I have heard some criticism of Jacobsen's 2003 study that showed that, for cyclists, there was safety in numbers, but it's good to see a couple of other studies that seem to validate it.

As ridership goes up, crash rates stay flat. It's happening in Portland (see page 11 of this report [PDF]). It's happening in New York City.

The phenomenon, dubbed "safety in numbers," was first identified in 2003, in an academic paper by public health researcher Peter Jacobsen [PDF]. After being asked by officials in Pasadena, Calif., if their city "was a dangerous place to bicycle," Jacobsen began looking at crash data from various communities where bicycle ridership had fluctuated over time.

What he found surprised him: The number of crashes involving bikes correlated with the number of riders in a community. As ridership fluctuated, so did the crash rate. More riders, fewer crashes; fewer riders, more crashes.

Not surprising. Compare Cape May (or any smallish beach town where there's a bunch of bike traffic) in the summertime, and compare cycling there with the Hellish conditions in towns where all the vacationers come from.

Posted by: Dr Pangloss | October 13, 2010 at 01:47 PM

Jacobsen presented evidence that is

consistentwith the safety in numbers hypothesis. Given that you can generate the figures that Jacobsen uses through a pure random number generator, simply showing these graphs without a more sophisticated analysis is (unfortunately) poor proof of the hypothesis.http://john-s-allen.com/blog/?p=669

Simply based on a casual reading of the literature, I get conflicting views regarding safety in numbers. That is, there are several papers that suggest that safety in numbers for cyclists and pedestrians is still hotly debated. But I have had a few conversations with traffic engineers that suggested safety in numbers has been historically observed with automobiles; so why wouldn't it apply to peds/bikes?. And some European papers suggest that safety in numbers is rather accepted.

Anyway, it is important is that we try to identify the true causal factors here. While I happen to believe that there is a safety in numbers effect, overlooking other explanations (or components of the observed effect) can lead us to negative consequences.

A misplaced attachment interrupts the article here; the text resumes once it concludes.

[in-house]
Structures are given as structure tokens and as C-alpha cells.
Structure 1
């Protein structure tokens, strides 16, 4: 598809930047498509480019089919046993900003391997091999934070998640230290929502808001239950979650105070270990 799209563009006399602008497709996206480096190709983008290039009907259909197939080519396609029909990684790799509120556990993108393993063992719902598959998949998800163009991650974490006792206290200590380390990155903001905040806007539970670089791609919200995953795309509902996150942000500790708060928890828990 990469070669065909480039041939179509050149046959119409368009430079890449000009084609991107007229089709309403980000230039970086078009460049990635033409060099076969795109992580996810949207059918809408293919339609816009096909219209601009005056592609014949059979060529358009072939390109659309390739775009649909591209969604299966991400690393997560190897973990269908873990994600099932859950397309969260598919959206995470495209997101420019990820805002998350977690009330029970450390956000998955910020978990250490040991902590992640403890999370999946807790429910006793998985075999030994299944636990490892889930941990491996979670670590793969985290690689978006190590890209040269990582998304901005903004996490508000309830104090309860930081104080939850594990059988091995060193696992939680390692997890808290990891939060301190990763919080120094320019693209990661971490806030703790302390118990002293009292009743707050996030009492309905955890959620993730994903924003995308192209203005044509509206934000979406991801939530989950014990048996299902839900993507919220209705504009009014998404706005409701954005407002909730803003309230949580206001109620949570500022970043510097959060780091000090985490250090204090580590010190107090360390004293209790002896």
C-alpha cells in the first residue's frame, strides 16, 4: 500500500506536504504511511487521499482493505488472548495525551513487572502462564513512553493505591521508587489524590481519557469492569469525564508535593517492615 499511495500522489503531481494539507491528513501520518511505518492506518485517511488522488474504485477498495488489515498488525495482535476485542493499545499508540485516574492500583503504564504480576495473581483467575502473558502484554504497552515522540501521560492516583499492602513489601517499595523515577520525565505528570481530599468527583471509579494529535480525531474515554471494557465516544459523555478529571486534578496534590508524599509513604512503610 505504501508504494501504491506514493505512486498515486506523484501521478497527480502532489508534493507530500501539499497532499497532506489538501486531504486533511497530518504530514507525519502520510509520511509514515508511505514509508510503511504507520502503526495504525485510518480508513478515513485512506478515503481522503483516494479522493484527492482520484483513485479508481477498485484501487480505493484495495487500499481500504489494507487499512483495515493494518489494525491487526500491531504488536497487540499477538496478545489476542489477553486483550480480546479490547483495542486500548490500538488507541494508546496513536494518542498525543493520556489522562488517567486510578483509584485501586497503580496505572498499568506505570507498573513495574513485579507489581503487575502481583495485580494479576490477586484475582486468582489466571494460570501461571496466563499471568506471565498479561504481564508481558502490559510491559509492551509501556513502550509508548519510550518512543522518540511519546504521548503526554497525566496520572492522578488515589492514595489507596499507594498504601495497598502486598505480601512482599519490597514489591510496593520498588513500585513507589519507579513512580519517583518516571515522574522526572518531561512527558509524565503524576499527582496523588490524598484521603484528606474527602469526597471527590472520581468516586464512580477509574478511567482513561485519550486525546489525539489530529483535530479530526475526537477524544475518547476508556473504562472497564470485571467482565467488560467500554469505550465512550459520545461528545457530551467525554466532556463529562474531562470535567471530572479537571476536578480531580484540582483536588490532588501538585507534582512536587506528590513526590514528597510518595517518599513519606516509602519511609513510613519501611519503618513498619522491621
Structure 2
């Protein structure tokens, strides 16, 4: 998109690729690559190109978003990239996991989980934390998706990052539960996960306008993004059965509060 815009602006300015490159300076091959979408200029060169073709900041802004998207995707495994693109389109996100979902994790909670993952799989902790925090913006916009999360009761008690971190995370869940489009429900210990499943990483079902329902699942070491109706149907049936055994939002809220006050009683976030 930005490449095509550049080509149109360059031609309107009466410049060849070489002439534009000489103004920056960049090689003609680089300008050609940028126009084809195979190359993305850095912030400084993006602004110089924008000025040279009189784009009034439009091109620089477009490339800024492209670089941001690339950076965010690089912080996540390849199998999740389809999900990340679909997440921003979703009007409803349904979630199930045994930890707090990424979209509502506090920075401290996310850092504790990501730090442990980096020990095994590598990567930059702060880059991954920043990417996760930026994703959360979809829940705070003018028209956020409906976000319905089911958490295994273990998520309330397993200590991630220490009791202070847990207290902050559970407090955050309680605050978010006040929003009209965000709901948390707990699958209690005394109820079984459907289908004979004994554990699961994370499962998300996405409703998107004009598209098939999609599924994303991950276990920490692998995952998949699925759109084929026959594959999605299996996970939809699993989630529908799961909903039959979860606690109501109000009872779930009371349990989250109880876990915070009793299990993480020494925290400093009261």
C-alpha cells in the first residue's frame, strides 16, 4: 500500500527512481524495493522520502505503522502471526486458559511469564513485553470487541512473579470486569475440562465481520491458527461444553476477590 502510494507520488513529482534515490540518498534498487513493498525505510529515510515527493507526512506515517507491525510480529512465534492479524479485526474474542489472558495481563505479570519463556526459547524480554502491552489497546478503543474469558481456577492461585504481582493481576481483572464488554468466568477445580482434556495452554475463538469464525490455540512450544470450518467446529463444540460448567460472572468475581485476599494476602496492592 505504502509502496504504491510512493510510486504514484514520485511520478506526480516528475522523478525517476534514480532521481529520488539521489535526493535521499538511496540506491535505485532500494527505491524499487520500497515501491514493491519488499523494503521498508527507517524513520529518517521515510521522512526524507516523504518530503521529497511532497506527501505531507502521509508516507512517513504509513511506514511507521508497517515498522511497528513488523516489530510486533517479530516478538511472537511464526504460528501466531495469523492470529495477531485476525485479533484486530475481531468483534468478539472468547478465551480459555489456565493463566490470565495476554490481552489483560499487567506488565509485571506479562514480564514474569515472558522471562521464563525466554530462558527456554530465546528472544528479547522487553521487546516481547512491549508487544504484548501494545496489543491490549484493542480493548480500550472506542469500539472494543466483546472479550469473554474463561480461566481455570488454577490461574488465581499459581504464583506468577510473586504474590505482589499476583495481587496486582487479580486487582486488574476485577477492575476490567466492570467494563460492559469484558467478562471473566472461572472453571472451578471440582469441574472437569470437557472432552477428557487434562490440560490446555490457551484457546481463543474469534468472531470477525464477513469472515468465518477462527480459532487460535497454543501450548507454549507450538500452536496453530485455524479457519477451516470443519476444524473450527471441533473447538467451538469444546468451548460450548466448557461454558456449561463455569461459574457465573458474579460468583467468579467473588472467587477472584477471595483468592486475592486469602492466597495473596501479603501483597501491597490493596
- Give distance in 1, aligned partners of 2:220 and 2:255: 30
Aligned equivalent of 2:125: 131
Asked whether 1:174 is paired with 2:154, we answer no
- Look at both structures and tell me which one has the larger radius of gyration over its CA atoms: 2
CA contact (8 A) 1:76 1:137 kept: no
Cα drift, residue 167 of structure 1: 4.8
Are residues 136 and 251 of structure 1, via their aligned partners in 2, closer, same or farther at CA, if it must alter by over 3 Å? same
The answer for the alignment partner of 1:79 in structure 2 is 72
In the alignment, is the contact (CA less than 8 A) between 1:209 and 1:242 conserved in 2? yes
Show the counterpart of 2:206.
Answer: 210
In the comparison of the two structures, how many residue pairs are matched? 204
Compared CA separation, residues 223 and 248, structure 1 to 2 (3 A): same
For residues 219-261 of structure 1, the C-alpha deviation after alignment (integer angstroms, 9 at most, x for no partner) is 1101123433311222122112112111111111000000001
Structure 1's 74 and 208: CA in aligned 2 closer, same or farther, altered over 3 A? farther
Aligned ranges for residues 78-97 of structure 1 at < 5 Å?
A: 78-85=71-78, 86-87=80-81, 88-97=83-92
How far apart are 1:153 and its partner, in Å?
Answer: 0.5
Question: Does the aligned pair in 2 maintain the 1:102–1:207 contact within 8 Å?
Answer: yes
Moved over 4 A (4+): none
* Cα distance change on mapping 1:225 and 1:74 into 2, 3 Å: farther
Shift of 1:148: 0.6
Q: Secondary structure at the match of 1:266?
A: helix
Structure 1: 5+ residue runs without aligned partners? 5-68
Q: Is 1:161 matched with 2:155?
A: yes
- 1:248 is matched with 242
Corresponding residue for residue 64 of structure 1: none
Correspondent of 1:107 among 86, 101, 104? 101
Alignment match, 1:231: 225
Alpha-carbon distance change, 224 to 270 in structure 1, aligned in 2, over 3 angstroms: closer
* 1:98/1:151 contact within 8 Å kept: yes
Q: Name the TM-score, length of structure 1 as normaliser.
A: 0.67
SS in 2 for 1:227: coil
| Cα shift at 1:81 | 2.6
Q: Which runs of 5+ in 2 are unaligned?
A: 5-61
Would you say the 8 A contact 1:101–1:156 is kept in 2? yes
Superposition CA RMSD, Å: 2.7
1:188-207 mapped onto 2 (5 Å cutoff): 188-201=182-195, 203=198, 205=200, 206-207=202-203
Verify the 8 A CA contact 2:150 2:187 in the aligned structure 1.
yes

Posted by: Geof Gee | October 13, 2010 at 03:26 PM

Could it be that more cyclists lead to better bike facilities which are safer to use?

Personally I do believe in the safety in numbers hypothesis. When automobilists begin to commonly encounter other road users they begin to modify their driving patterns to be more accommodative.

Question: The last time you drove were you ready for a polar bear encounter? Didn't think so.

Posted by: JeffB | October 13, 2010 at 06:48 PM

No one expects a polar bear encounter. That's what makes them so dangerous.

Posted by: washcycle | October 13, 2010 at 07:39 PM

Whatever problems there may be with what Jacobsen did, Forrester's alleged statistical debunking is pure bunk. His point about two ratios of random numbers showing a declining relationship when one variable is in the denominator and then the numerator, and that this somehow means that one can never learn anything from the relationship between two ratios is pseudo-statistics at its worst. His analysis would make the Tobacco Institute proud.

The actual variables Jacobsen is looking at are not random. There is a high correlation betweeen the number of accidents in a city and the population of the city, as well as the number of cyclists in a city and the population. Contrary to what Forrester implies, looking at the accident rate (accidents/cyclist) and cycling rate (cyclist/population) is not some sort of statistical hocus pocus guranteed to produce a pseudo result when there is just a random relationship. These are the variables about which one would logically be curious. One could just as easily show that accidents/population rise with about the 0.4 power of cyclists/population--random numbers will not get you that result!

Posted by: Jim Titus | October 13, 2010 at 10:07 PM

Just to be a bit more concise: Jacobsen did a series of regressions and found the coefficients to be different from 1 (no safety in numbers) at a high level of significance. You don't get that with random numbers. The regressions are the basis of his conclusions. But then, just to help the reader understand the analysis, he divides both sides of the equation by amount of cycling, and graphs that for your reading pleasure. Forrester, who admits he does not understand statistics, then bases his entire critique on the graphics, as if they were the analysis.

Posted by: Jim Titus | October 13, 2010 at 11:14 PM

I'd like to believe in the safety in numbers theory. I think it holds true for pedestrians, at the very least. Maybe I'm being obtuse here, but the statement "As ridership goes up, crash rates stay flat" implies that there is NO improved safety in numbers. If the conclusion were that the number of crashes were flat, as ridership increased, then that would help validate the safety-in-numbers theory. What am I missing?

Posted by: Bryon | October 14, 2010 at 10:55 AM

Bryon, by crash rates I think they mean the raw number of crashes.

Posted by: washcycle | October 14, 2010 at 11:21 AM

Hi Jim,

I never read Forester's webpage on the article. But elsewhere, Forester has stated that A/B = B/C issue simply means that Jacobsen failed to prove safety in numbers. That is, given that the problem exists does not preclude the phenomenon from existing. But with regards to the second statement, yes, you can get a coefficient <1 with random numbers. It is straightforward to demonstrate.